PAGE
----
Best seafood restaurants in Chicago
Our go-to spot for seafood, Shaw's Crab House is a Chicago classic.Choose from two seating experiences: the traditional white-tablecloth–equipped dining room or the lively oyster bar, where you'll find us sucking down bivalves, cracking open crab claws and dunking lobster tails in butter. The menu also includes a terrific lobster roll, bound up with the barest hint of mayo, and sushi and sashimi. Pair your seafood feast with a local beer or a classic martini, which goes perfectly with oysters.
With a curated menu of simple but elegant seafood dishes, dinner (or Sunday brunch or lunch, if you're lucky to work nearby) at mfk. is a welcome break from fancy plates and elaborate combinations of ingredients. Here, boquerones come piled with pickled peppers on a grilled baguette, smoked trout roe is served with verdant olive chimichurri, and crunchy prawn heads arrive bathed in lemon and paprika. At mfk., the kitchen proves that less is more.
Situated on the ground floor of the Dana Hotel in River North, Portsmith is open for brunch, lunch and dinner, but we prefer to visit at the end of the day, when the Maine lobster pot pie and yellowtail snapper are available. The sleek restaurant offers upscale, fish-filled takes on just about every classic comfort food, like the decadent mac 'n' cheese, which can be stuffed with hunks of king crab for an additional cost, or the squid ink spaghetti tossed with saffron cream and studded with mussels, squid and scallops.
You should feel like a king when you’re paying through the nose for a steakhouse experience, and you will here. Start with the sweet, cool stone crabs, the sugar prawns (Madagascar shrimp) and a delicious chopped salad that could easily feed two. Go straight to the top with the bone-in ribeye, perfect when ordered charred medium-rare, or the Alaskan king crab legs served chilled. Key lime pie is puckeringly sweet for those who like a hit-you-over-the-head finish, and the fried chicken is the best secret in town.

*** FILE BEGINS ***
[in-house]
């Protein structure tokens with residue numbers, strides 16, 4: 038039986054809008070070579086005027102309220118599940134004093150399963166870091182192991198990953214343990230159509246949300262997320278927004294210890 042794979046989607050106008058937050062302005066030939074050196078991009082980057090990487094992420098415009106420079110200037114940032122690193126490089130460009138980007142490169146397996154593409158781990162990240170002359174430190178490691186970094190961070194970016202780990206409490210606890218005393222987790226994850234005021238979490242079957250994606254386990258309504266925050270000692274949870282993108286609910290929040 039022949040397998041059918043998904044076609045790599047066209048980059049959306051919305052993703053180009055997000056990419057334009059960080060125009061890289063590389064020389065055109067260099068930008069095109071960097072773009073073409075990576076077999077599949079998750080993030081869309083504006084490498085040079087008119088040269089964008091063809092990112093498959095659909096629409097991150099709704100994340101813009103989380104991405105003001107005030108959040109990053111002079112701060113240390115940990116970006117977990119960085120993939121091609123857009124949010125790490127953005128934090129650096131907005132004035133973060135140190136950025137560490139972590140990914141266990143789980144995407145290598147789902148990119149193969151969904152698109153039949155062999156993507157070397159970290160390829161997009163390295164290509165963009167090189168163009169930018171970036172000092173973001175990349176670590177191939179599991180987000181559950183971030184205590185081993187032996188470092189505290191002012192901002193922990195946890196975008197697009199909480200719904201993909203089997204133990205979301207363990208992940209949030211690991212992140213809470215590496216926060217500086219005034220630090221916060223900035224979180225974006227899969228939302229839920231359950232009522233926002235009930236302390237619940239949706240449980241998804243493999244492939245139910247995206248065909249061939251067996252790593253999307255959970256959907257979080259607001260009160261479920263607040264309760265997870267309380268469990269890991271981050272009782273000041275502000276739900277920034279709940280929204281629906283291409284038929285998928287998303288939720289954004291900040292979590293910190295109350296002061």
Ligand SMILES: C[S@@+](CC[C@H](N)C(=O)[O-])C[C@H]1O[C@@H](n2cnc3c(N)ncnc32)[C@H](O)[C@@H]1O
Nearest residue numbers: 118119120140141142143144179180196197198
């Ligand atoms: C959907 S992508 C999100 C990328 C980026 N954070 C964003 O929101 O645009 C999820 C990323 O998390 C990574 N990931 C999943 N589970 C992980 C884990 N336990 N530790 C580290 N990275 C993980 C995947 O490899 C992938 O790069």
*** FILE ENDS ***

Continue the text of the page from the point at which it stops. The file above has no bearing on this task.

Though its name may be goofy, Oyster Bah is serious about seafood. The Lincoln Park restaurant offers eight to 12 varieties of East and West Coast oysters daily at $3.50 a pop (enjoy select half-priced bivalves from 5 to 6pm daily). If oysters aren't your jam, the menu is packed with alternatives, including sizzling garlic shrimp, grilled Spanish octopus, hearty clam chowder and grilled trout with poblano salsa verde. You'll need to book a repeat visit to check out Crab Cellar, the basement concept that serves endless Alaskan king crab legs and prime burgers for $69.95 per person.
This smoke shack was born when the steel industry was thriving and the area was populated by hungry day laborers. Set at the base of the famous Blues Brothers bridge, this little white box brings in customers from all around for smoked shrimp, trout and sable, which are always on offer. You’ll see folks sitting in their cars eating their picks out of paper bags, a quintessential part of the experience.
This seafood fave not only shares the kitchen of Gibson’s Steakhouse but also the slick tie-and-blazer crowd that loves them both. The boardroom-meets-Rat-Pack decor is full of dark wood, leather booths and career servers hoisting huge trays spilling over with succulent and sweet Alaska king crab legs, giant Australian lobster tails and massive porterhouses. Old-school classics are prepared well; a few even qualify as addictive. We like the frog legs with garlic butter.
Before going to the Angry Crab, some advice: Wear clothes you don’t mind getting messy and bring lots of booze. You’ll probably have to wait for 30 minutes to an hour, but once you’ve cracked open a beer, it’s not so bad. Especially because the wait is worth it—huge, spice-encrusted crabs and tender, plump shrimp wallowing in garlic butter are must-orders. Order more than you think you need and don't be afraid to get messy.